3. Population - I miss running into friends on the way to class and smiling at people from across the quad (OK, I guess there's nothing stopping me from smiling, but no one is smiling at me!). I miss small classes. I don't know the people who I sit next to here, and I probably won't because I'm finding that students rarely talk in class. I love the size of SMC. I couldn't go to a university the size of UCC for four years. Of course, people naturally find their niches...but I'd rather find a lot of little niches on a small campus.

I'm also realizing very quickly that there is so much more to St. Mike's than I've experienced thus far. The email server doesn't have an "abroad" setting so I've been getting the school's mass emails this week. And it's amazing what I find myself interested in when I don't have the option of attending a certain event or trying out a new activity. That should tell me something -- I need to broaden my horizons! I do have a "senior year bucket list," and I think I need to add a few things to that. For example, our Wilderness Program - it would cost me $5 to go snowshoeing. Why haven't I done this? $5! Or the ski pass - $30 for a season pass to Smuggs. I don't ski or snowboard, but for $30 I might as well try! I spent the same amount of money on a fan for white noise. C'mon. Next year, I'll be hitting the slopes.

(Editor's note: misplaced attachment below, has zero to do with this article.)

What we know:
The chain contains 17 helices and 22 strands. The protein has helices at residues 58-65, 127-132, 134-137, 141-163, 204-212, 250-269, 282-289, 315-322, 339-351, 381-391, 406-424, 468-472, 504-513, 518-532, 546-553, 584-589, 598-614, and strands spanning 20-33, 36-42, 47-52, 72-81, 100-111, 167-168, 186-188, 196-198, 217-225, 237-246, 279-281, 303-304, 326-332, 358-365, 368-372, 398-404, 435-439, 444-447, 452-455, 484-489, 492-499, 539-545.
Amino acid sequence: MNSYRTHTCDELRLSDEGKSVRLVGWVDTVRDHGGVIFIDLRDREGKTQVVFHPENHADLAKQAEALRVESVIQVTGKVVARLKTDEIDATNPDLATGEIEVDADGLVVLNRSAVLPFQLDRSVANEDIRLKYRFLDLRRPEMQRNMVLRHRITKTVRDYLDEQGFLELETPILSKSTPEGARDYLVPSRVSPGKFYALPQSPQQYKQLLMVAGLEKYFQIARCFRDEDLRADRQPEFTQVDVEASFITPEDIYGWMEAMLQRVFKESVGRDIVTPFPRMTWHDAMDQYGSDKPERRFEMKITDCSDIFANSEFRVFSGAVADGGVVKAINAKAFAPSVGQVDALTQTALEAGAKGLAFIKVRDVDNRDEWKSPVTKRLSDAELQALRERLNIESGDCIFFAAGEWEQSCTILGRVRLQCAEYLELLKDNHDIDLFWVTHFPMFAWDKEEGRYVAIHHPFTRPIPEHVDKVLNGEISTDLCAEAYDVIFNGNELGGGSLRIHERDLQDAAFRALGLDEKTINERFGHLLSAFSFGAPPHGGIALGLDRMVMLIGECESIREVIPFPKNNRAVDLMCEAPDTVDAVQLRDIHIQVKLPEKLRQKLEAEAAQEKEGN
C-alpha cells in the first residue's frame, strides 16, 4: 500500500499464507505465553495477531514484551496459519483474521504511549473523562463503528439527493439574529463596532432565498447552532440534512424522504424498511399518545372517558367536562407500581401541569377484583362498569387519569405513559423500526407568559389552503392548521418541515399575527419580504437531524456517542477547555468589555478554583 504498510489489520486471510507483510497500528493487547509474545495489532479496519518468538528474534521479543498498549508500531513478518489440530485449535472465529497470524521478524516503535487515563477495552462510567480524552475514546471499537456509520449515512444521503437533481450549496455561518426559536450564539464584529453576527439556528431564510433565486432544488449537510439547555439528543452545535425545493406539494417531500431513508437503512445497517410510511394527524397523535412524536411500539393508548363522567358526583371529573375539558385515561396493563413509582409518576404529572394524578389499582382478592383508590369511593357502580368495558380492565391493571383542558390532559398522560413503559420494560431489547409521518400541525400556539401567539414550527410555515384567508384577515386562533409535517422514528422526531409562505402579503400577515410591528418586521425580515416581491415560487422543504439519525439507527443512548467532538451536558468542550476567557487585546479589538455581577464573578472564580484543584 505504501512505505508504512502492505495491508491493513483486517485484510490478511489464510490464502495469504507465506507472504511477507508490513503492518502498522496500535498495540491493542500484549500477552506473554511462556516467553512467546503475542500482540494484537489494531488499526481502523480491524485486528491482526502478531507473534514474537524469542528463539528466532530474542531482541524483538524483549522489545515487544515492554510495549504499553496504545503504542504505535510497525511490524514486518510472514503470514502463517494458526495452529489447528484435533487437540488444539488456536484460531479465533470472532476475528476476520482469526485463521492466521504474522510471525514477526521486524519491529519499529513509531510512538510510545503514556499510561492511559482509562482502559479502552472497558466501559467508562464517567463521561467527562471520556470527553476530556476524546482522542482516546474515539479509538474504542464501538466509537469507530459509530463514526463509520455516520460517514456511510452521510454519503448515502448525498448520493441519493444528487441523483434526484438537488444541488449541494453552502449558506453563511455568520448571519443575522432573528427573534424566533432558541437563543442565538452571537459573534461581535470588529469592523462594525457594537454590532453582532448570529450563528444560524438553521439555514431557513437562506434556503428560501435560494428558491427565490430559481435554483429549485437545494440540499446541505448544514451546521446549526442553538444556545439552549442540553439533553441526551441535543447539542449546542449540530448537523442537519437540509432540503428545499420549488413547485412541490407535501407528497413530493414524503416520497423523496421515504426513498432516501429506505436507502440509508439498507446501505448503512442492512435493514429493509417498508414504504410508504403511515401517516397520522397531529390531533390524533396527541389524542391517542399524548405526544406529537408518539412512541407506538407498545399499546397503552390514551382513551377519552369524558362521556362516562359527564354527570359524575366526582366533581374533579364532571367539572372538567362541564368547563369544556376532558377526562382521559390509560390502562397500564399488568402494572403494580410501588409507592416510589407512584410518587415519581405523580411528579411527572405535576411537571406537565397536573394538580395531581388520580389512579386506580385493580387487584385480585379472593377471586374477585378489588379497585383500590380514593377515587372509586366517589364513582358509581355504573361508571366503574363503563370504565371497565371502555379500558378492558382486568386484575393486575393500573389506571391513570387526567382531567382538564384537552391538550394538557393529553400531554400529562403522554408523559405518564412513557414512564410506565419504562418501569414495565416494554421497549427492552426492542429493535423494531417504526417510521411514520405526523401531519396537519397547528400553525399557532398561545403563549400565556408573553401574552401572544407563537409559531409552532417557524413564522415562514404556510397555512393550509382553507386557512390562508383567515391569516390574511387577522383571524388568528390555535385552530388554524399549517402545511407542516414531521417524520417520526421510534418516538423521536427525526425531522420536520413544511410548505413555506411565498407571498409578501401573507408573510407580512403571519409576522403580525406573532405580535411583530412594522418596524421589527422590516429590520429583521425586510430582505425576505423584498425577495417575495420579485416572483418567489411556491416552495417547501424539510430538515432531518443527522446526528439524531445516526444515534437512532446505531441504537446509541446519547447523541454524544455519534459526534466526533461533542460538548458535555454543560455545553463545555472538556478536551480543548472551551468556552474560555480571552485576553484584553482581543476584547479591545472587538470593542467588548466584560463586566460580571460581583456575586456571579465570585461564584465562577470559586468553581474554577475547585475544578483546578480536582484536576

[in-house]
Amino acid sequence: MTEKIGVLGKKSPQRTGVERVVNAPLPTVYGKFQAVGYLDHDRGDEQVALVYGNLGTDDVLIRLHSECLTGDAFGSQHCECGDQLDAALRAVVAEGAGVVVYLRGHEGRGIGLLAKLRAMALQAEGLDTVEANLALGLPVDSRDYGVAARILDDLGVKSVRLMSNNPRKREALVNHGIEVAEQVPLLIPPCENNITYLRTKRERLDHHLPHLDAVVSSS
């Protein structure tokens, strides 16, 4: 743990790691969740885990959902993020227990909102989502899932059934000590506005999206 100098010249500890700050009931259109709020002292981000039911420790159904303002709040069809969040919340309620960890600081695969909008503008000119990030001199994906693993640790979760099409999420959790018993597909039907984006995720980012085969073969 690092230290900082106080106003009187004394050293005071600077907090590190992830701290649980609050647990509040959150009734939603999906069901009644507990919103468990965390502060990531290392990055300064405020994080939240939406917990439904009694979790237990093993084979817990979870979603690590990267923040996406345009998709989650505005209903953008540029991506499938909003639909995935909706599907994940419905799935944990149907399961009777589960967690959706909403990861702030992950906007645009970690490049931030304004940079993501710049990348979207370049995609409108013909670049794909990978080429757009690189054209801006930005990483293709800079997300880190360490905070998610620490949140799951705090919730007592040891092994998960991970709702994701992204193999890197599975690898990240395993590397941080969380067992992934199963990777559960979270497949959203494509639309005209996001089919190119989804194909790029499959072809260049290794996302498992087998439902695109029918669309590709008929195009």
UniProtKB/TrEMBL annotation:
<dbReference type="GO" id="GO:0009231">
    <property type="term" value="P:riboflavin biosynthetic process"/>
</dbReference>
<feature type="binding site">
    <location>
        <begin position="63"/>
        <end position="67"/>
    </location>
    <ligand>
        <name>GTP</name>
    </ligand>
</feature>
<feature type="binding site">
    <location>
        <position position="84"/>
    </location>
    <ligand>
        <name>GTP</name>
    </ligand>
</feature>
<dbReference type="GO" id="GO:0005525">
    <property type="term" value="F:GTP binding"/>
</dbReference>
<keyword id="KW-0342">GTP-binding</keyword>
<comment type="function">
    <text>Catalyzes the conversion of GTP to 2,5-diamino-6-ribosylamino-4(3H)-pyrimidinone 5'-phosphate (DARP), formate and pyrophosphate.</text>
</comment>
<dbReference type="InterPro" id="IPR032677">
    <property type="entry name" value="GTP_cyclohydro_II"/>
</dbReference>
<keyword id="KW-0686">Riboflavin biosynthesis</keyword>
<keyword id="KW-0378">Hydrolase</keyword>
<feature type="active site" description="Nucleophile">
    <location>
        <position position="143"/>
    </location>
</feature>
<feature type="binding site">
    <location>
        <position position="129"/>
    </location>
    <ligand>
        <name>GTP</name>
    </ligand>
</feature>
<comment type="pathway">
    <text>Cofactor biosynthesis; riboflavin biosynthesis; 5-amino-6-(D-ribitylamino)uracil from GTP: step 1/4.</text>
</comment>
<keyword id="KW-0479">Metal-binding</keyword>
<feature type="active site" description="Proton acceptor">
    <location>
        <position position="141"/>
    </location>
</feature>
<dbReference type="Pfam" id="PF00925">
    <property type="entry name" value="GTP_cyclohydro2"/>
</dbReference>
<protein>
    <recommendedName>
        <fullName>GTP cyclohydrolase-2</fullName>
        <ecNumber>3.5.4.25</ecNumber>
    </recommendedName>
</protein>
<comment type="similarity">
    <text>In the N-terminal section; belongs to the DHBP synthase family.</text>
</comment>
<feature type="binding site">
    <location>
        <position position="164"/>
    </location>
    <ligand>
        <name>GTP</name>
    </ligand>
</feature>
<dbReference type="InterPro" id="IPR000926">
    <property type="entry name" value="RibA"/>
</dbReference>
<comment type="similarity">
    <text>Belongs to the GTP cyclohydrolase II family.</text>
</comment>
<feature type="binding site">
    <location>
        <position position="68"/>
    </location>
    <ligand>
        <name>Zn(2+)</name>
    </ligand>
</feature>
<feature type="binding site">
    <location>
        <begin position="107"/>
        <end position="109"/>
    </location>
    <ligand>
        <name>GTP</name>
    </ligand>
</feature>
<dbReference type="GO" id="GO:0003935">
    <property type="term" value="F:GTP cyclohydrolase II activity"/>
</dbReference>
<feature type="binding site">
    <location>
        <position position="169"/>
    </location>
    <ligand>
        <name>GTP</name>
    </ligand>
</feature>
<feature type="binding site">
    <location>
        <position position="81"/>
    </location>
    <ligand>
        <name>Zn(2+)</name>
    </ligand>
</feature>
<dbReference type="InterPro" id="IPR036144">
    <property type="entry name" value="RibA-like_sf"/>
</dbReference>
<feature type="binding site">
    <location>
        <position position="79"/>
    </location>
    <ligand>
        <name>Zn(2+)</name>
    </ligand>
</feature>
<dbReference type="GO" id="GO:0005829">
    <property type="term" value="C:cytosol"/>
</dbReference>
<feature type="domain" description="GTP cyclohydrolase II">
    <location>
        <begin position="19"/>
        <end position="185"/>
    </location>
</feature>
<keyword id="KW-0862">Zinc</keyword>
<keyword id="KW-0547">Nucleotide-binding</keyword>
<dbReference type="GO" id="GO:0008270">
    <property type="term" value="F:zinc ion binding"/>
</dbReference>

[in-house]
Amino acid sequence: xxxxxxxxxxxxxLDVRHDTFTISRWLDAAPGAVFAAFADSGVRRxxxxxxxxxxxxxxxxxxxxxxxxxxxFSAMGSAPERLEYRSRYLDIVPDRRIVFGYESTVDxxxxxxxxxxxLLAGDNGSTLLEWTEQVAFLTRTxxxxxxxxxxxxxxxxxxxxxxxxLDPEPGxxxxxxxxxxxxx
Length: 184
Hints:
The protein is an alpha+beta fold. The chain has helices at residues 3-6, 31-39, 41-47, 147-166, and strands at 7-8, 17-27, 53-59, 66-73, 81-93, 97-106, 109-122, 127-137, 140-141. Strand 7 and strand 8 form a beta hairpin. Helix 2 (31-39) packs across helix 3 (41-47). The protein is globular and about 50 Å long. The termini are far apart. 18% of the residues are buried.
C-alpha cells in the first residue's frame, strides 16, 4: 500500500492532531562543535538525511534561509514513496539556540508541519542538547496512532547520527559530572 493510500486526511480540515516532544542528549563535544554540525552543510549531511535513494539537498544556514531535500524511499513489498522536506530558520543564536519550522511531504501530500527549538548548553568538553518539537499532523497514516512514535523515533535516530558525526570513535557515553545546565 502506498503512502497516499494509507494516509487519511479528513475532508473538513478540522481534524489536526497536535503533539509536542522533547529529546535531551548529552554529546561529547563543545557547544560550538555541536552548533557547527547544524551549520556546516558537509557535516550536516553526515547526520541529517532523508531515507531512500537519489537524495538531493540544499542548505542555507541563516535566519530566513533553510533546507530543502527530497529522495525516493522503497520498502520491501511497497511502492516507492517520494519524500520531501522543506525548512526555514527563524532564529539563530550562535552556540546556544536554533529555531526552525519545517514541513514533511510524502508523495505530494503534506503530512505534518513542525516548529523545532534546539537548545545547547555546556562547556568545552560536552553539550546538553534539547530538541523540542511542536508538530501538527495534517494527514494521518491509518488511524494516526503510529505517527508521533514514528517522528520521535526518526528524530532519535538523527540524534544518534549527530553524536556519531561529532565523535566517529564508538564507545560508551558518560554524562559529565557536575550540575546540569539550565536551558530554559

(I'm having a lot of fun with this link feature...check out the song that's stuck in my head. It's good, I promise.)

I skyped with my little sister (shout-out to you, Mo, since I know you read this!) and two friends today, one of whom is back at SMC having spent last semester here in Ireland. Her advice to me was to let things unfold (because they will) and to be present here. Those of you who know me well know that I find living in the moment awfully difficult. I mentally venture off into the past and the future most of the time. I find myself saying and thinking "I can't wait for Germany so I can be with family" or "I can't wait for summer." But I can wait, and I have to wait, and I need to wait.

There's this great passage that I referred to a lot last semester in witness talks and in my own personal reflection. It's from Sue Monk Kidd's book entitled When the Heart Waits, and it's about actively waiting. I'm having trouble finding the talk I wrote that includes the quote, but basically, Kidd encourages her readers to think of waiting for something not as nothing but as time and space to better one's self. Before I got here, I was waiting for this; now I'm waiting for travel experiences. And after they're over...? I'll always be waiting for something, that I can guarantee; I am a forward-thinker and there's no stopping my tendency to think about the future. But I think it's important for me to make the most of my waiting. Otherwise, I may miss out or regret not doing something.